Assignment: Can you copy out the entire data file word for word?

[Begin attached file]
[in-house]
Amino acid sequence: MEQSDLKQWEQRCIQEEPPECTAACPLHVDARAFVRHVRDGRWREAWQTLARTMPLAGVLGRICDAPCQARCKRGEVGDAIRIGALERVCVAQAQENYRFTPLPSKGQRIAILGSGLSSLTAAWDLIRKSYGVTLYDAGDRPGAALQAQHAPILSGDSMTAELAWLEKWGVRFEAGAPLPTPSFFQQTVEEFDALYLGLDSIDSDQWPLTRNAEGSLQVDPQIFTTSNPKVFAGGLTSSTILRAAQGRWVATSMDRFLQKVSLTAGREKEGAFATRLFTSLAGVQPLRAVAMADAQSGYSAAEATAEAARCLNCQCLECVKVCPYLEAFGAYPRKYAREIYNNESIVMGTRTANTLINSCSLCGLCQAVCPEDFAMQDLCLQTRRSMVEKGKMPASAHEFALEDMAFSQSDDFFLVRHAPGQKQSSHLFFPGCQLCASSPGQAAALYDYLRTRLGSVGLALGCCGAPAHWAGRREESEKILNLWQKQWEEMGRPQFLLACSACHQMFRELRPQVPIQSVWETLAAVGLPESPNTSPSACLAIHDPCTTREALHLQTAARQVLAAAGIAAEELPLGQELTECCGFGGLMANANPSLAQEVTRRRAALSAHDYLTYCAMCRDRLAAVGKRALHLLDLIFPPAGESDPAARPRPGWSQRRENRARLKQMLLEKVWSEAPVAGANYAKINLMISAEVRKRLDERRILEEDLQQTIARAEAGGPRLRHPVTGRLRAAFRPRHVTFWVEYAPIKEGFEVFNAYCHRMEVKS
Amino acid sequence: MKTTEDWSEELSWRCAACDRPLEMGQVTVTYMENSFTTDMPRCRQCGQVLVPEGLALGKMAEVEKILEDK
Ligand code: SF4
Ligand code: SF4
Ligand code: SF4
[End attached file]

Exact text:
[in-house]
Amino acid sequence: MEQSDLKQWEQRCIQEEPPECTAACPLHVDARAFVRHVRDGRWREAWQTLARTMPLAGVLGRICDAPCQARCKRGEVGDAIRIGALERVCVAQAQENYRFTPLPSKGQRIAILGSGLSSLTAAWDLIRKSYGVTLYDAGDRPGAALQAQHAPILSGDSMTAELAWLEKWGVRFEAGAPLPTPSFFQQTVEEFDALYLGLDSIDSDQWPLTRNAEGSLQVDPQIFTTSNPKVFAGGLTSSTILRAAQGRWVATSMDRFLQKVSLTAGREKEGAFATRLFTSLAGVQPLRAVAMADAQSGYSAAEATAEAARCLNCQCLECVKVCPYLEAFGAYPRKYAREIYNNESIVMGTRTANTLINSCSLCGLCQAVCPEDFAMQDLCLQTRRSMVEKGKMPASAHEFALEDMAFSQSDDFFLVRHAPGQKQSSHLFFPGCQLCASSPGQAAALYDYLRTRLGSVGLALGCCGAPAHWAGRREESEKILNLWQKQWEEMGRPQFLLACSACHQMFRELRPQVPIQSVWETLAAVGLPESPNTSPSACLAIHDPCTTREALHLQTAARQVLAAAGIAAEELPLGQELTECCGFGGLMANANPSLAQEVTRRRAALSAHDYLTYCAMCRDRLAAVGKRALHLLDLIFPPAGESDPAARPRPGWSQRRENRARLKQMLLEKVWSEAPVAGANYAKINLMISAEVRKRLDERRILEEDLQQTIARAEAGGPRLRHPVTGRLRAAFRPRHVTFWVEYAPIKEGFEVFNAYCHRMEVKS
Amino acid sequence: MKTTEDWSEELSWRCAACDRPLEMGQVTVTYMENSFTTDMPRCRQCGQVLVPEGLALGKMAEVEKILEDK
Ligand code: SF4
Ligand code: SF4
Ligand code: SF4